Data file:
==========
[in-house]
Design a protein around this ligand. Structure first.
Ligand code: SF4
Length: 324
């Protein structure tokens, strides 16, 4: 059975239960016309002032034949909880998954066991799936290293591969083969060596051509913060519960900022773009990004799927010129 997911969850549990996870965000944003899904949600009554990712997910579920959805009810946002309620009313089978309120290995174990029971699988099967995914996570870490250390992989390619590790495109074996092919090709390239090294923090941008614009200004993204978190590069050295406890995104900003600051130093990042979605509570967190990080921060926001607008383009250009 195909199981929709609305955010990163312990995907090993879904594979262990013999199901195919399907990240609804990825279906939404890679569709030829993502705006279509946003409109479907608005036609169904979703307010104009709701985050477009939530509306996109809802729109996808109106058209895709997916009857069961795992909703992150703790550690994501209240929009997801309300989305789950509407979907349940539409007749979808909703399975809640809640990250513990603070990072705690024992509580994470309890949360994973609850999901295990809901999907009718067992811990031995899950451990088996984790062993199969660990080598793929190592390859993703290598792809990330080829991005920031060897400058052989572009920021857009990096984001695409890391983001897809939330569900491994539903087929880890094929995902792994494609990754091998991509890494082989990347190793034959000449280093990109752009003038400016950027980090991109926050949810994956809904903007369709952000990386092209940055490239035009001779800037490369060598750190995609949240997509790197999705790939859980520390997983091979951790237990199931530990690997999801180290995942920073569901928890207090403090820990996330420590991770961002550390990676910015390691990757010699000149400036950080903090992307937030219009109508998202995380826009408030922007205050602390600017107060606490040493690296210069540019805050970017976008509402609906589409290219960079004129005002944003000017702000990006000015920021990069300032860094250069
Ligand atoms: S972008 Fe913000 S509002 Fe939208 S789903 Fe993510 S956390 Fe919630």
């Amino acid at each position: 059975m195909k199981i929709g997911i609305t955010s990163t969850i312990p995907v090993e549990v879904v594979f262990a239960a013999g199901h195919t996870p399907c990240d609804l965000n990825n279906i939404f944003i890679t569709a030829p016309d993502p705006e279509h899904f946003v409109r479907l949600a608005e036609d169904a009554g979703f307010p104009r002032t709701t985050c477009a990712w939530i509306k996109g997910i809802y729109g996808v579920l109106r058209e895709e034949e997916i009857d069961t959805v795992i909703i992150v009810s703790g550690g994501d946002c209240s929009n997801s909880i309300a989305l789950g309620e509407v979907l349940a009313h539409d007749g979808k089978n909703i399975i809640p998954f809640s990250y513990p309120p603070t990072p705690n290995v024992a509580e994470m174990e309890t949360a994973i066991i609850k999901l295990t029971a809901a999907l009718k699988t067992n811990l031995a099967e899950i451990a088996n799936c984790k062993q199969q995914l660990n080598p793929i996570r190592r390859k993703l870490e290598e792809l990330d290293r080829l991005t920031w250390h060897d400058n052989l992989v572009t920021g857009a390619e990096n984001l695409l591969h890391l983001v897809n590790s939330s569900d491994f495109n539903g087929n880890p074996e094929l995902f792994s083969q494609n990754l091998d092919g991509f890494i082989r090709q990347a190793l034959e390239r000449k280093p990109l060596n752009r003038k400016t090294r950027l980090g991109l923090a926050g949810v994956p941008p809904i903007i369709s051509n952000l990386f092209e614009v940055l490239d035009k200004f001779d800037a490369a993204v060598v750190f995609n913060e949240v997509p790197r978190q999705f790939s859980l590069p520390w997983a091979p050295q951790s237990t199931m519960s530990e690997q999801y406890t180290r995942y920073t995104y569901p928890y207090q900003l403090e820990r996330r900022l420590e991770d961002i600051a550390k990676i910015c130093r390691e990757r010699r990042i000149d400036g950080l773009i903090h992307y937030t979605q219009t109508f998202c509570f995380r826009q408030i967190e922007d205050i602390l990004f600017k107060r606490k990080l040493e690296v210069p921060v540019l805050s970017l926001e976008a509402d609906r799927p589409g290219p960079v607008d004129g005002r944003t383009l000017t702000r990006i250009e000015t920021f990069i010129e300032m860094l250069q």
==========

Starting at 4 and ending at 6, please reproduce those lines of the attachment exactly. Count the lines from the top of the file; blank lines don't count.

Length: 324
């Protein structure tokens, strides 16, 4: 059975239960016309002032034949909880998954066991799936290293591969083969060596051509913060519960900022773009990004799927010129 997911969850549990996870965000944003899904949600009554990712997910579920959805009810946002309620009313089978309120290995174990029971699988099967995914996570870490250390992989390619590790495109074996092919090709390239090294923090941008614009200004993204978190590069050295406890995104900003600051130093990042979605509570967190990080921060926001607008383009250009 195909199981929709609305955010990163312990995907090993879904594979262990013999199901195919399907990240609804990825279906939404890679569709030829993502705006279509946003409109479907608005036609169904979703307010104009709701985050477009939530509306996109809802729109996808109106058209895709997916009857069961795992909703992150703790550690994501209240929009997801309300989305789950509407979907349940539409007749979808909703399975809640809640990250513990603070990072705690024992509580994470309890949360994973609850999901295990809901999907009718067992811990031995899950451990088996984790062993199969660990080598793929190592390859993703290598792809990330080829991005920031060897400058052989572009920021857009990096984001695409890391983001897809939330569900491994539903087929880890094929995902792994494609990754091998991509890494082989990347190793034959000449280093990109752009003038400016950027980090991109926050949810994956809904903007369709952000990386092209940055490239035009001779800037490369060598750190995609949240997509790197999705790939859980520390997983091979951790237990199931530990690997999801180290995942920073569901928890207090403090820990996330420590991770961002550390990676910015390691990757010699000149400036950080903090992307937030219009109508998202995380826009408030922007205050602390600017107060606490040493690296210069540019805050970017976008509402609906589409290219960079004129005002944003000017702000990006000015920021990069300032860094250069
Ligand atoms: S972008 Fe913000 S509002 Fe939208 S789903 Fe993510 S956390 Fe919630």